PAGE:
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Over the last several years, some of the biggest names in the sport have exited while young guns have gradually proved themselves. Names like Kyle Larson, Austin Dillon, Chase Elliott and Ryan Blaney have slowly become some of the most popular drivers, replacing names like Tony Stewart and Jeff Gordon.Darrell “Bubba” Wallace Jr. hopes to add his name to that list.The 23-year-old driver is finally getting his opportunity on Sunday at Pocono, taking over the reins of the No. 43 car in place of injured Aric Almirola. He’ll not only drive at Pocono, but will be behind the wheel for the remainder of the races until Almirola is able to return after a back fracture suffered in Kansas.While his timeline to prove himself is unknown at this point, Wallace is keeping his expectations tempered.”There’s no need for me to go out there and try to set the world on fire, try to win races and put myself in a tough spot, not be able to capitalize on it,” Wallace said. “If the opportunity presents itself, yeah, we’ll jump on it. There’s no need for me to force a hole, end up tearing up a race car. I’m getting this opportunity because people believe in me and seen my talents coming up. “I have to go out there, just back that up, show them I can manage and perform, and I belong in the series.”Wallace is so much more than just another young driver, though. He carries the weight of being the lone black driver in the sport and the first to start in what is now the Monster Energy Cup Series since Bill Lester drove in two races in 2006.When he won in the Trucks Series back in 2013, Wallace became the first driver to collect a checkered flag in any of NASCAR’s top three series since Wendell Scott in 1964. When we spoke to him following that win, Wallace spoke about being the lone black driver to carry the torch in NASCAR’s top series.”Nah, there’s no added pressure,” Wallace said. “The only pressure I ever feel is what I put on myself. No one outside of myself adds to that. As far as the standing out part, I definitely feel like I get noticed more often.”I’m also proud that I’m well accepted in the sport. At the driver intros, I sometimes get the biggest cheers from fans, so that’s amazing to me. It’s only my first year at this level, so to have fans embrace me that much is incredible. It sends chills down my back every time.”He also hopes to be seen as a role model for young black drivers wanting to get into the sport.”It’s obviously a long process to get to this level, but I’d love to see NASCAR become a more diversified sport,” Wallace said. “It just takes a lot. Kids have to do more than just want it, they have to have the talent, get with the right people and back it all up with hard work, dedication and determination. It’s definitely not going to be easy, but it would be cool to see.”On Sunday, Wallace gets his first true shot to prove it’s possible for black drivers to work their way into the Cup Series. While it’s unknown how long he’ll remain at the top level of the sport, simply having the opportunity to prove himself with a team that has made the Chase in the past is a massive one for Wallace.Earnhardt singles out his favorite young driversWallace is looking to make a name for himself. Dale Earnhardt Jr., the 14-time Most Popular Driver Award winner, has already well established his name in the sport. But with his retirement after this season, many of his fans have been asking one question: Who do we root for next?Earnhardt has the answer, sort of.Earlier this week, Junior shared a handful of names — 11, to be exact — to watch when he exits in November. Of those, Kyle Busch, Martin Truex Jr. and Jimmie Johnson were the only drivers over the age of 30 on the list. Truex and Johnson are clearly two of his friends, but Busch was interesting given the past between the two and Junior Nation’s obvious feelings about Rowdy.”He wears the black hat,” Earnhardt said of Busch. “He wins a lot of races, creates controversy here and there, not liked by everyone but he does have a rabid core fan base. … Kyle is going to keep it interesting. You’re going to be entertained. He ain’t changing. You’ve got to have good personalities. “So you have Jimmie on one end of the spectrum and Kyle on the other end. Those guys are obvious choices if you want to go with winners winning now.”As for the previous seven drivers on the list, most were either first or second-year drivers including Daniel Suarez, Erik Jones, Ryan Blaney and Hendrick teammate Chase Elliott. Then there were the younger staples like Kyle Larson, Austin Dillon and Ricky Stenhouse Jr., each of which has a win this season.Some of the most interesting comments from Earnhardt were about Larson, who he compared to two of the greatest in racing history — NASCAR or otherwise.”He is the modern day A.J. Foyt, Tony Stewart,” Earnhardt said. “Kyle Larson is another incredibly skilled driver. Another guy with a great personality, really funny. Family man, squeaky clean, doesn’t get in trouble and races hard.”There’s a little bit of chatter in the media of whether he’s aggressive enough. He finishes second a lot. Why isn’t he winning more races? Trust me, Kyle Larson has no problem putting the chrome horn to you. That guy there would be one I would be personally inclined to consider to pull for.”As for the final current racer, Junior said his dark horse is 2015 Xfinity Series champion Chris Buescher. Though he’s with a small, underfunded team right now, Earnhardt said he’s a guy that’s going to “make it” and invited his fans to “go along with him for the ride.”Kahne still digging despite lengthy droughtOne surprising name not on that list was Kasey Kahne. Despite being Earnhardt’s teammate since 2012, he was the lone Hendrick Motorsports driver left off the list. But all it takes is one look at Kahne’s recent stats in the Cup Series to understand why.After compiling five wins with Hendrick over the first three years of his contract, Kahne is nearing a three-year winless drought with his last victory coming in Atlanta on August 31, 2014. He’s also amassed no more than three top-five finishes over the last four years, raising questions about his future with the team.Obviously feeling some of that pressure, Kahne responded to his critics earlier this week on Twitter.I love racing and still have a ton of drive. All I want to do is perform and win again. I'm not done yet!— Kasey Kahne (@kaseykahne) June 5, 2017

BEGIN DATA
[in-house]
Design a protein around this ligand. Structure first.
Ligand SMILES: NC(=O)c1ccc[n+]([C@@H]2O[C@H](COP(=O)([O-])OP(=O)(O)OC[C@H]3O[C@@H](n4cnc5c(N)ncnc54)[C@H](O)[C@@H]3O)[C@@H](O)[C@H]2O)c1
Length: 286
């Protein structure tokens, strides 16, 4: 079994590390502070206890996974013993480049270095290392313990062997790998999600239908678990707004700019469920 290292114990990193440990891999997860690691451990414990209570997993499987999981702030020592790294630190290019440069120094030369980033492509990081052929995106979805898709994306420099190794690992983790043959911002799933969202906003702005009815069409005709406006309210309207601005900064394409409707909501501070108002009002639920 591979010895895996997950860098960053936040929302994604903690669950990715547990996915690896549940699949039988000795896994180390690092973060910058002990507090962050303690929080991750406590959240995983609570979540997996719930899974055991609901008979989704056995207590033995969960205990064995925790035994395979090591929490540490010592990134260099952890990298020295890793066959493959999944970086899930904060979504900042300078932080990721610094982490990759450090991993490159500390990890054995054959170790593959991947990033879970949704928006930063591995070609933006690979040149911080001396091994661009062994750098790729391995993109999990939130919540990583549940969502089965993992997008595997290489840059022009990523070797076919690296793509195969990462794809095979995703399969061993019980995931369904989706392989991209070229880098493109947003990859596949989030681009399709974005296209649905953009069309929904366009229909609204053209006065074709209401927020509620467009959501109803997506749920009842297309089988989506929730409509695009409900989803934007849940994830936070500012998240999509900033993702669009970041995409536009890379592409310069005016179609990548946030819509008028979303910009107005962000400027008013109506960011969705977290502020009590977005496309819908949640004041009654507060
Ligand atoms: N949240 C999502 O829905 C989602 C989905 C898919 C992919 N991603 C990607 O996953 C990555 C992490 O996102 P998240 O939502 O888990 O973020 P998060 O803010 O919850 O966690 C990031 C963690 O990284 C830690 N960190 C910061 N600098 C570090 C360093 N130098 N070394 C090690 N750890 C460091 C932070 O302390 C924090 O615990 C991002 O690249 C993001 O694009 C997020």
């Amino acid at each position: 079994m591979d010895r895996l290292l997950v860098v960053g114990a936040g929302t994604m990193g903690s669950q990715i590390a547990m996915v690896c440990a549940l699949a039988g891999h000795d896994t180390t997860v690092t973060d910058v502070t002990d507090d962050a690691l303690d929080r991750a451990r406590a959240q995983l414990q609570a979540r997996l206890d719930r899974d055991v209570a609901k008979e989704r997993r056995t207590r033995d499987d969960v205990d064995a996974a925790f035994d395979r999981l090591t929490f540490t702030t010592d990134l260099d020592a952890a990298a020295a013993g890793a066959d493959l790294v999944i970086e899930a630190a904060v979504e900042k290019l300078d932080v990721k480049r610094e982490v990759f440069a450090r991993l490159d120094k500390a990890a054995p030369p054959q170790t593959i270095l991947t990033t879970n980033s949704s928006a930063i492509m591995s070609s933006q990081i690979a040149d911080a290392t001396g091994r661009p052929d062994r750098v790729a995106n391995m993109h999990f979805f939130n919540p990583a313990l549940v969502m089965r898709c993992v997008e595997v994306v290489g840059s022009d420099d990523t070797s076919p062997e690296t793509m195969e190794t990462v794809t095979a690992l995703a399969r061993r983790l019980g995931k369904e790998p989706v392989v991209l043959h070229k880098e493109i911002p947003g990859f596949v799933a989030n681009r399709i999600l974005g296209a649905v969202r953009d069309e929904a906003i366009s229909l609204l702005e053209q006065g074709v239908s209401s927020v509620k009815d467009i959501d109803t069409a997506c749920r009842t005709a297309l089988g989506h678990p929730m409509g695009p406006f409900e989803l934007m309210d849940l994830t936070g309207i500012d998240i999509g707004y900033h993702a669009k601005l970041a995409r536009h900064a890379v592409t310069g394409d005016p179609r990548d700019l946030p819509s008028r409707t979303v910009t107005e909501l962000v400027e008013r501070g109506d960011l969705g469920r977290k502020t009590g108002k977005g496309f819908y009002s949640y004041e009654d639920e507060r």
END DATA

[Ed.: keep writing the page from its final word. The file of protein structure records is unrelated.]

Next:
Can Kahne turn things around in the No. 5 car? Sure. There’s no question he has the talent with three finishes inside the top 10 in points over the first nine full-time seasons at the Cup level. He’s also in one of the best situations with Hendrick, a team that has compiled 12 championships in the last 22 seasons.But at 37, it appears Kahne’s prime years are behind him. And with young drivers like Larson, Dillon and eventually Elliott, Blaney, Suarez and Jones winning races, Kahne is even getting passed over by his own teammates. If Kahne misses the playoffs for a third straight year, he might have to prove he’s “not done” somewhere other than Hendrick.